WASHINGTON — Seeking a valid U.S. passport for that 2023 trip? Buckle up, wishful traveler, for a very different journey before you step anywhere near an airport.

A much-feared backup of U.S passport applications has smashed into a wall of government bureaucracy as worldwide travel rebounds toward record pre-pandemic levels – with too few humans to handle the load. The result, say aspiring travelers in the U.S. and around the world, is a maddening pre-travel purgatory defined, at best, by costly uncertainty.

With family dreams and big money on the line, passport seekers describe a slow-motion agony of waiting, worrying, holding the line, refreshing the screen, complaining to Congress, paying extra fees and following incorrect directions. Some applicants are buying additional plane tickets to snag in-process passports where they sit – in other cities – in time to make the flights they booked in the first place.

So grim is the outlook that U.S. officials aren’t even denying the problem or predicting when it will ease. They’re blaming the epic wait times on lingering pandemic-related staffing shortages and a pause of online processing this year. That’s left the passport agency flooded with a record-busting 500,000 applications a week. The deluge is on-track to top last year’s 22 million passports issued, the State Department says.

US Passports The Wait

Marni Larsen and her son, Damon Rasmussen, of Holladay, Utah, wait their turn in line hoping to snag her son’s passport outside the Los Angeles Passport Agency at the Federal Building in Los Angeles on June 14. Larsen applied for her son’s passport two months earlier and spent weeks checking for updates online or through a frustrating call system. Damian Dovarganes/Associated Press

It was early March when Dallas-area florist Ginger Collier applied for four passports ahead of a family vacation at the end of June. The clerk, she said, estimated wait times at eight to 11 weeks. They’d have their passports a month before they needed them. “Plenty of time,” Collier recalled thinking.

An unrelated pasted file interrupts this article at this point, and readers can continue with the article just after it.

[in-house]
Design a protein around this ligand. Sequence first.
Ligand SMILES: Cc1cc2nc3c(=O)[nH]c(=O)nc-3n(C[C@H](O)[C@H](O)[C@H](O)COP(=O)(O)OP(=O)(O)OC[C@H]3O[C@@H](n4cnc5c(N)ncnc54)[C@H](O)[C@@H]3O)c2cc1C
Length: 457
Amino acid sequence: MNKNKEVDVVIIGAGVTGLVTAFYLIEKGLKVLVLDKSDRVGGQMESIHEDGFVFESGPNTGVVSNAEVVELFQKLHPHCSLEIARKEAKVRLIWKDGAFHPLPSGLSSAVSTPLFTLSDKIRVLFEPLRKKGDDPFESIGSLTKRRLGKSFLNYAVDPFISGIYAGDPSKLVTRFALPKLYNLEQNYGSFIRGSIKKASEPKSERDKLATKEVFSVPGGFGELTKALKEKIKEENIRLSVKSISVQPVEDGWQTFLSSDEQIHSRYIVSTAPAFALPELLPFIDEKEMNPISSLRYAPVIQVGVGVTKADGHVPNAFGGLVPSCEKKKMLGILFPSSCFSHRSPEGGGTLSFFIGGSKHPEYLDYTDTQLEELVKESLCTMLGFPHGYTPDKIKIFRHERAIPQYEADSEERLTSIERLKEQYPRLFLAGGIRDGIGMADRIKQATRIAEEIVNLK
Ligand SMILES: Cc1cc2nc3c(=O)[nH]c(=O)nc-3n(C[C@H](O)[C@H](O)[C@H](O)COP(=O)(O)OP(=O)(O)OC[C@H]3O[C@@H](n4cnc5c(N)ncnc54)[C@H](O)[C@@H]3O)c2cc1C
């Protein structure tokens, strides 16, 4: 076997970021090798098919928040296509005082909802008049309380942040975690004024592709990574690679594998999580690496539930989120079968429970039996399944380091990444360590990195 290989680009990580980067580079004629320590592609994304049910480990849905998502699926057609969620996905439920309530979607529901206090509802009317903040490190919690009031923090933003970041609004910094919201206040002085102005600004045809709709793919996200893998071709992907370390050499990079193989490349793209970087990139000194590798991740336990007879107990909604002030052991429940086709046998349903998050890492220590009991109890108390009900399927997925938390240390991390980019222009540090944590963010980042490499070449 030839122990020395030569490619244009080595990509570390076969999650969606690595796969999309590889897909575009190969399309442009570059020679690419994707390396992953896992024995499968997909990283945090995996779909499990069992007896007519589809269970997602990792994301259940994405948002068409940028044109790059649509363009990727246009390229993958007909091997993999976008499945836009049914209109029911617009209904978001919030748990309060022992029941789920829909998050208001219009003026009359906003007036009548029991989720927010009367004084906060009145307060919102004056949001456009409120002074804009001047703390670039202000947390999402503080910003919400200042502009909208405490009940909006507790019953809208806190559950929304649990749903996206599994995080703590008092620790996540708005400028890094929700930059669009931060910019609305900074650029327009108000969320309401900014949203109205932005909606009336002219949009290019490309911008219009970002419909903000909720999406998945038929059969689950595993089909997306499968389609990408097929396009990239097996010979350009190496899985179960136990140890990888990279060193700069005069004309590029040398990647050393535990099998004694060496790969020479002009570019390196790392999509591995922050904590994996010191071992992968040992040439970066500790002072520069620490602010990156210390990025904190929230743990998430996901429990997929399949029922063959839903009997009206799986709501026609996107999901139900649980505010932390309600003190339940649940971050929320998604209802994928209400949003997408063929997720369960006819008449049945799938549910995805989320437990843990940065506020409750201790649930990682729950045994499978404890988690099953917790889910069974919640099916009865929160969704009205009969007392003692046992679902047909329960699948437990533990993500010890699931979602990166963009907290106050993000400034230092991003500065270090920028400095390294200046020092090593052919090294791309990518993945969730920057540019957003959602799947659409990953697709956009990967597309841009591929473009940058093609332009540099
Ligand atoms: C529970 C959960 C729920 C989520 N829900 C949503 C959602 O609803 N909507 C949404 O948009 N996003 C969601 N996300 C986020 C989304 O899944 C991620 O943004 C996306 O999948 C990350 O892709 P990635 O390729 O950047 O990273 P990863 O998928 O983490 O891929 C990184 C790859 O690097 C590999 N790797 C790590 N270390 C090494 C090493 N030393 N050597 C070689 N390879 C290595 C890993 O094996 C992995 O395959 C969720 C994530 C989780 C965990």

Then the State Department upped the wait time for a regular passport to as much as 13 weeks. “We’ll still be OK,” she thought.


At two weeks to travel, this was Collier’s assessment: “I can’t sleep.” Failure to obtain the family’s passports would mean losing $4,000, she said, as well as the chance to meet one of her sons in Italy after a study-abroad semester. “My nerves are shot, because I may not be able to get to him,” she said. She calls the toll-free number every day, holds for as much as 90 minutes to be told – at best – that she might be able to get a required appointment at passport offices in other states.

“I can’t afford four more plane tickets anywhere in the United States to get a passport when I applied in plenty of time,” she said.

By March, concerned travelers began asking for answers and then demanding help, including from their representatives in the House and Senate, who widely reported at hearings this year that they were receiving more complaints from constituents on passport delays than any other issue.

The U.S. secretary of state had an answer, of a sort.

“With COVID, the bottom basically dropped out of the system,” Antony Blinken told a House subcommittee March 23. When demand for travel all but disappeared during the pandemic, he said, the government let contractors go and reassigned staff that had been dedicated to handling passports.